A new signaling role is being proposed for the amyloid precursor protein. According to a September 20 paper in Translational Psychiatry, APP binds co-receptors of multiple branches of the Wingless/int-1 (Wnt) signaling pathway, variously potentiating the building and degradation of synapses. Scientists led by Richard Killick, King’s College London, report that when conditions favor the latter, neurons churn out Aβ, which tilts the scales even further toward synapse destruction. A pharmacological Wnt pathway inhibitor rescued synapses and reportedly halved the plaque burden in mice within two weeks.

  • APP facilitates both canonical and noncanonical Wnt signaling.
  • Aβ promotes the noncanonical path, stimulating its own release.
  • Blocking this Wnt signaling cleared plaques in AD mouse models.

“This is a nice study that contributes to the discussion that ROCK [Rho-associated kinase] inhibitors, such as fasudil, could be a rational therapeutic avenue for synapse loss in Alzheimer’s disease,” said Jeremy Herskowitz, University of Alabama at Birmingham. It’s an impressive result that needs to be replicated, he added.

Nibaldo Inestrosa, who studies Wnt signaling in AD at the Pontificia Universidad Católica de Chile, Santiago, said the work was well done and revealed an interesting interplay among Wnt signaling and AD. “I encourage further studies aiming to prevent synapse loss and to improve cognition,” he wrote.

Some were more cautious and wondered if the authors had proper readouts of noncanonical Wnt signaling. Still others questioned the rapid reduction of plaques.

Feedback Loop.

Aβ stimulates expression of Dickkopf 1, which promotes a branch of Wnt signaling that retracts synapses. The pathway also stimulates Aβ production, suggesting a self-perpetuating cycle. [Courtesy of Elliot et al., 2018.]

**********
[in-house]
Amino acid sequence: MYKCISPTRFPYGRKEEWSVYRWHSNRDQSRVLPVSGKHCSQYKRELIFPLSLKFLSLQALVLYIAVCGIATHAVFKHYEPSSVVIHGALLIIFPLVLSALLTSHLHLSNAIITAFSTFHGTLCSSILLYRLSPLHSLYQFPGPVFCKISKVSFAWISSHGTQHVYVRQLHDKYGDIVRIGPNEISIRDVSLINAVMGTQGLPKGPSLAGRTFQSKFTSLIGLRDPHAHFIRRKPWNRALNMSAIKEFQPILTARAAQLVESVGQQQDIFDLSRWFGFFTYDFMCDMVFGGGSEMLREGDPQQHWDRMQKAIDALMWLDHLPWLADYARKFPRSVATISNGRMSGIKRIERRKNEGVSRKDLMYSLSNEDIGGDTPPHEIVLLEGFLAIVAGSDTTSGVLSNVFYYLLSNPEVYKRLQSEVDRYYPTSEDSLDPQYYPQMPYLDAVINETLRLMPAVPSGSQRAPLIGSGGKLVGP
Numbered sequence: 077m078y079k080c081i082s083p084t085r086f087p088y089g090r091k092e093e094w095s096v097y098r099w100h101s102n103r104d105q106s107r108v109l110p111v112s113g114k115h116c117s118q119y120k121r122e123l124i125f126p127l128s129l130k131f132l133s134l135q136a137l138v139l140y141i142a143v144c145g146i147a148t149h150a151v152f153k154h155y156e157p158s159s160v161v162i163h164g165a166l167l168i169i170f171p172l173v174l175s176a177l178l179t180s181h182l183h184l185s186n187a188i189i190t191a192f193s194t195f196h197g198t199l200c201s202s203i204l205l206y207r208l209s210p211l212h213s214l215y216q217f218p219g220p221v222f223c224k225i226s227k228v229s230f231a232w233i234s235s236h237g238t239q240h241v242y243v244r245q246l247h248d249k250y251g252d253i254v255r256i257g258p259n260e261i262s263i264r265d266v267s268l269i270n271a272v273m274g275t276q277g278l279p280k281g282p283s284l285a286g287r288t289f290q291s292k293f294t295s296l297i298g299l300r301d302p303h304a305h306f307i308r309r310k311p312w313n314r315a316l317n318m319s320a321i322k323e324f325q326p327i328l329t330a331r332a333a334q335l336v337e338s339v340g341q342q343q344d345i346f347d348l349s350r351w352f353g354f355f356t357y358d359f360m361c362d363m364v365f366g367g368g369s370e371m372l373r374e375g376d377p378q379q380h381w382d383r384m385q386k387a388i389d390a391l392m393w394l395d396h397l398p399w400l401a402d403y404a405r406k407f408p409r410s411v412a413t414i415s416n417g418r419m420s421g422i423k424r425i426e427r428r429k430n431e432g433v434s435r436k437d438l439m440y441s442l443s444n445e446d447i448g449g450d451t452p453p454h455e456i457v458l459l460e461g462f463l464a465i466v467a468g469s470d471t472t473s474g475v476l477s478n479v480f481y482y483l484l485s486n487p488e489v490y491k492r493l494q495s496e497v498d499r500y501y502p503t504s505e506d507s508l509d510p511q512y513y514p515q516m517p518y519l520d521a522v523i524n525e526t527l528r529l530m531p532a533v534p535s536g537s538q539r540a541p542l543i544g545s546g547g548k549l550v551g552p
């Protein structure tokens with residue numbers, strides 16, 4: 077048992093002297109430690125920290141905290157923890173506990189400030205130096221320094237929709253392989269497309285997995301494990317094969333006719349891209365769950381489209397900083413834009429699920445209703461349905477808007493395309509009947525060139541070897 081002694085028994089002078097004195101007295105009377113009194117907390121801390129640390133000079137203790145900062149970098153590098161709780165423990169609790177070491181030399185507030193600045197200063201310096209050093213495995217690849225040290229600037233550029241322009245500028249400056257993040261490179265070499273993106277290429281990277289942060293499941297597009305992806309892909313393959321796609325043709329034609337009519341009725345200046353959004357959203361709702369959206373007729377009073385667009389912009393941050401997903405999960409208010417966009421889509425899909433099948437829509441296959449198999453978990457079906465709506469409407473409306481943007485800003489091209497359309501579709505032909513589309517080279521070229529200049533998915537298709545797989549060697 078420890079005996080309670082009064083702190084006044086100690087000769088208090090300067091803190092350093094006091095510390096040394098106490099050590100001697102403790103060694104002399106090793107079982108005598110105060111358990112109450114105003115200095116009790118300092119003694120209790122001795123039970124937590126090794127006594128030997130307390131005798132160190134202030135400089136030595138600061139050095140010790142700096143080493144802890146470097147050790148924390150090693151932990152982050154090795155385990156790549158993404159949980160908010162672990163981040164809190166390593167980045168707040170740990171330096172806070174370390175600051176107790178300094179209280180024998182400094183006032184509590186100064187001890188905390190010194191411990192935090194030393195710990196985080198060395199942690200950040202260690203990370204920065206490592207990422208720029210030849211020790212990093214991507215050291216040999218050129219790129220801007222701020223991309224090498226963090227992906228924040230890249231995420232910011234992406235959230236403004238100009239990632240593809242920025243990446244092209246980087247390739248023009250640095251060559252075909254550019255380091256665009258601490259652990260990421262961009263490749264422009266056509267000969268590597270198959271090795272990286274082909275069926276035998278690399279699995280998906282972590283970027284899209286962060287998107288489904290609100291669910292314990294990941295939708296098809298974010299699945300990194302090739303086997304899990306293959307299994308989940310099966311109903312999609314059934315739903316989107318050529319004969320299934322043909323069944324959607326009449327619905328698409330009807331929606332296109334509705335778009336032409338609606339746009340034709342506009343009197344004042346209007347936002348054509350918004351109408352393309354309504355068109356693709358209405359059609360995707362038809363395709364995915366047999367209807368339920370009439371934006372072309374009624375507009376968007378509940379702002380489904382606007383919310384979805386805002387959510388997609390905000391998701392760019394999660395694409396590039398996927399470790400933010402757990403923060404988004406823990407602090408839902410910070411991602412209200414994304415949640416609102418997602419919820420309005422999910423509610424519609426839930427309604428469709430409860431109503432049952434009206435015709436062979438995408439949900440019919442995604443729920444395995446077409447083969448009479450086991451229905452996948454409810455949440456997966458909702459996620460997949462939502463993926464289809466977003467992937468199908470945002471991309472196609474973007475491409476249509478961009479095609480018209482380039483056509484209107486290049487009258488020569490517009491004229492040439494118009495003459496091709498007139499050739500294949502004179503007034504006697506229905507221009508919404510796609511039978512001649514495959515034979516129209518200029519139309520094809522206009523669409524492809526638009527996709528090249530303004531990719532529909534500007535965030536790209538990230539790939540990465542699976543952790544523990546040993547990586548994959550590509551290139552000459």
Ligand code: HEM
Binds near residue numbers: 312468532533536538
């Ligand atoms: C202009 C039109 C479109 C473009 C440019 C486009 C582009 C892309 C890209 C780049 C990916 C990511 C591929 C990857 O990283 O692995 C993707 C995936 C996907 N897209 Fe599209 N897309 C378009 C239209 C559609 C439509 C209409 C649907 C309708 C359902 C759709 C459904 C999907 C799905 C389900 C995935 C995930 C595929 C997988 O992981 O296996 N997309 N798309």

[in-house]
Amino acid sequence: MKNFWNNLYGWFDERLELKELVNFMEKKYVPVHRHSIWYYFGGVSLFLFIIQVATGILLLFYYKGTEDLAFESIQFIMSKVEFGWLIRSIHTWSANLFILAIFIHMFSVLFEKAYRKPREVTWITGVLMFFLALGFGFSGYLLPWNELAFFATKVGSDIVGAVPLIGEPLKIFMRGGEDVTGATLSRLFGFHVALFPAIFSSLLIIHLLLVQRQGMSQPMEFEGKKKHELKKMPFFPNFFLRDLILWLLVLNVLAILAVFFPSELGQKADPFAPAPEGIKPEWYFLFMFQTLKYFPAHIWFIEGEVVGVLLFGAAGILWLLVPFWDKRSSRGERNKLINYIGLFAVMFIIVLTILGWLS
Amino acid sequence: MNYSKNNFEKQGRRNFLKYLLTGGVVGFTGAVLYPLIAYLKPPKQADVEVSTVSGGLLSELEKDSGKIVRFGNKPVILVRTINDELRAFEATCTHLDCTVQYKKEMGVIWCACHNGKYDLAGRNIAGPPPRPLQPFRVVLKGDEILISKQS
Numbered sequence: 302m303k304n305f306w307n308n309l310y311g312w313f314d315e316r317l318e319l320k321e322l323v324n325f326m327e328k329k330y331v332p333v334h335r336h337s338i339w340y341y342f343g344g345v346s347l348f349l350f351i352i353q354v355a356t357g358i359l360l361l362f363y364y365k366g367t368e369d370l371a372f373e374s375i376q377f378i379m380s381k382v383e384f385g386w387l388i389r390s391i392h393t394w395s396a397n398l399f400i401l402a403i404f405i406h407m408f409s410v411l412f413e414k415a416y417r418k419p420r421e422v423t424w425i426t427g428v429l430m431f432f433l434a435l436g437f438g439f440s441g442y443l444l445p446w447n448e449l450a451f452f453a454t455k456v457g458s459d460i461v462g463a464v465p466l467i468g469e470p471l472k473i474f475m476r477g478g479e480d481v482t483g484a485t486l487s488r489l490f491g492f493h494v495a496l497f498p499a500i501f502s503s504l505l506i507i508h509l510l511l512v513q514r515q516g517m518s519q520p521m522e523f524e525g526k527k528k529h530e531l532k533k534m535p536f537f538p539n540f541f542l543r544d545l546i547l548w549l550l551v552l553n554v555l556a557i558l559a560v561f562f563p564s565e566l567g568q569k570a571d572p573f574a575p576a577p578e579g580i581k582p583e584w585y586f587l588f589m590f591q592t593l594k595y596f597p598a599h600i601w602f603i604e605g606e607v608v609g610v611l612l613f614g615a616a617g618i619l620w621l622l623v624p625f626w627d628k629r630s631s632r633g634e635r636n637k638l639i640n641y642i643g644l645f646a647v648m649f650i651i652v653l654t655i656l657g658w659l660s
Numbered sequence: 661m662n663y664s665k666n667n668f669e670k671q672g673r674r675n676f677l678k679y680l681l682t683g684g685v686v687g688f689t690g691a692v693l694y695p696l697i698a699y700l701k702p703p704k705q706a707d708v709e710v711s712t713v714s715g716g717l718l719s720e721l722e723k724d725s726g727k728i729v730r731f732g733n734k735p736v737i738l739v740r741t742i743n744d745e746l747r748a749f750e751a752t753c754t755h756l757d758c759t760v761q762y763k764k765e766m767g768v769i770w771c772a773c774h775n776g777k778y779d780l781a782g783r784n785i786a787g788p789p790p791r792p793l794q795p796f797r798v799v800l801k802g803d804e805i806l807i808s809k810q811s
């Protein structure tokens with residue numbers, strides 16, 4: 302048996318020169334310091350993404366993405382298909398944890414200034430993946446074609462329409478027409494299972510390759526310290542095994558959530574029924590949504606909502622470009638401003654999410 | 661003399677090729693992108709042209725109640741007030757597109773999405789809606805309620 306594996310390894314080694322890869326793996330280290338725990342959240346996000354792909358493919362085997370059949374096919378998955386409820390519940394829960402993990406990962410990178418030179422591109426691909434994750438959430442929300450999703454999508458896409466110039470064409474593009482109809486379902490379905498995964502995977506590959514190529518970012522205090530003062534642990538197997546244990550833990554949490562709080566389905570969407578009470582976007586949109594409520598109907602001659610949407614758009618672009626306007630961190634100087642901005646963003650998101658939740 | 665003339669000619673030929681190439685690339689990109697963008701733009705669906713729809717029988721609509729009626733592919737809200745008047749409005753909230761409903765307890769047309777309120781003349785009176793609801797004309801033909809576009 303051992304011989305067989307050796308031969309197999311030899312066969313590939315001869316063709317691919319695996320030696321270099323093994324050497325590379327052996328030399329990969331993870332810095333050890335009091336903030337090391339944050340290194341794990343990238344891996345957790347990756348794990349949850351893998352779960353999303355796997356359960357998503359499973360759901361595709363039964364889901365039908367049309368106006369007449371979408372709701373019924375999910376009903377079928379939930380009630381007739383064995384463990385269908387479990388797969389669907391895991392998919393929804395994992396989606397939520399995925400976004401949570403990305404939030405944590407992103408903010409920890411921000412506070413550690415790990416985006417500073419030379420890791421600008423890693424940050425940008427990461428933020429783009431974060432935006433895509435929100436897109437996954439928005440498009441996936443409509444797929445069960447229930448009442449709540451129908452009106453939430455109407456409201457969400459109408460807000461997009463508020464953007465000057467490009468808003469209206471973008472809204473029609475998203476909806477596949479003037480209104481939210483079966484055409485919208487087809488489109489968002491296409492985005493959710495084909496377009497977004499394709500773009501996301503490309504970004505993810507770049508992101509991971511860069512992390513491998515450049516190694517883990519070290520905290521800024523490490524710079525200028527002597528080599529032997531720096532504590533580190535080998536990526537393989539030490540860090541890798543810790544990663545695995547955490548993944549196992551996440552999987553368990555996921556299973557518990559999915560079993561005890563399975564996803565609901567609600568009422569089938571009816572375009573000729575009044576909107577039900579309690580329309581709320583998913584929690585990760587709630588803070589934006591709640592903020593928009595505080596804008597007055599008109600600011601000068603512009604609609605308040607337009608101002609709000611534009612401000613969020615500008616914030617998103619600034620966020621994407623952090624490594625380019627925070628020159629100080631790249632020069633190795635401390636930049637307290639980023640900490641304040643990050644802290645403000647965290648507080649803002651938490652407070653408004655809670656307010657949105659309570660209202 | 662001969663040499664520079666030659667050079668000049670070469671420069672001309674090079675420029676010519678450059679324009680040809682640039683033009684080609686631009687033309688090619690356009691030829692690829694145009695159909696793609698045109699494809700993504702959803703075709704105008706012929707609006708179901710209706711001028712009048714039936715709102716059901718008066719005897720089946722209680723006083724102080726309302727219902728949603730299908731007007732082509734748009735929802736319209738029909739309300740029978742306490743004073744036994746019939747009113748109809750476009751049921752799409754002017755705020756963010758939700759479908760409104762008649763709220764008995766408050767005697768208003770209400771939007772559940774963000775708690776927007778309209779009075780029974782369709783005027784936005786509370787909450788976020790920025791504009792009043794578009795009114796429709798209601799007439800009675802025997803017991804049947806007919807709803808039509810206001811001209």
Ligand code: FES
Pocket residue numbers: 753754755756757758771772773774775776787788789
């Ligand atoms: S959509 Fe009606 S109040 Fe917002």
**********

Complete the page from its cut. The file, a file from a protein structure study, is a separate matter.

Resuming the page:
To dynamically regulate synapses, so-called canonical and noncanonical Wnt pathways oppose each other, either bolstering or degrading them, respectively. This balance can be scuppered by a protein called Dickkopf-1. Dkk1 is upregulated in AD postmortem brains and tilts signaling toward the noncanonical arm (e.g., Caricasole et al., 2004). Previously, Killick and other groups had reported that Aβ synapototoxicity involved expression of Dkk1 and noncanonical Wnt and could be blocked by an inhibitor of said signaling called fasudil (Killick et al., 2012; Mar 2012 news; Sellers et al., 2018). 

A recent study suggested APP might complicate this scenario. Researchers found that the fruit fly homologue of APP bound co-receptors for Wnt signaling, potentiating the noncanonical path (Soldano et al., 2013). In the current paper, first author Christina Elliot and colleagues explored the possibility that APP modulates Wnt signaling to affect synaptic stability.

The researchers found that in rat primary cortical neurons, APP bound the transmembrane proteins LRP6 and Vangl2, co-activators of the canonical and noncanonical Wnt pathways, respectively. APP potentiated both types of signaling. In HEK293 cells, the Swedish mutation in APP, which causes autosomal-dominant AD, preferentially activated noncanonical Wnt signaling and inhibited the canonical pathway. The authors wrote that this result suggested a direct effect of the mutation on synapses.

Elliot and colleagues also report that activators of canonical Wnt signaling reduce Aβ production in HEK293 cells, while activators of noncanonical signaling have the opposite effect, increasing Aβ production. Also, HEK293 cells expressing APPSwe released more Aβ into culture medium than cells expressing the wild-type protein. All told, the data paint noncanonical Wnt signaling as promoting Aβ production.

The results hint at an Aβ feedback loop. Since the peptide promotes Dkk1 expression, and Dkk1 ultimately raises Aβ, then Aβ may stimulate its own production through noncanonical Wnt signaling, the authors suggest.

Fasudil Foils Plaques.

After two weeks on fasudil, 18-month-old 3xTg mice had half as many Aβ plaques as their untreated littermates. [Courtesy of Elliot et al., 2018.]

Could blocking noncanonical Wnt signaling interrupt this cycle? The authors treated primary rat cortical neurons with fasudil, which triggers noncanonical Wnt signaling and reportedly rescues tau pathology in fruit flies (Feb 2016 news). As the authors had seen previously, adding Dkk1 to the neuron depleted dendritic spines, whereas fasudil prevented this. The drug also prevented an uptick in Aβ production. In 18-month-old 3xTg mice—four male and three female—which had already accumulated Aβ plaques, two weeks of fasudil injections reportedly halved soluble brain Aβ and plaques relative to four male and six female mice treated with a placebo (see image at right).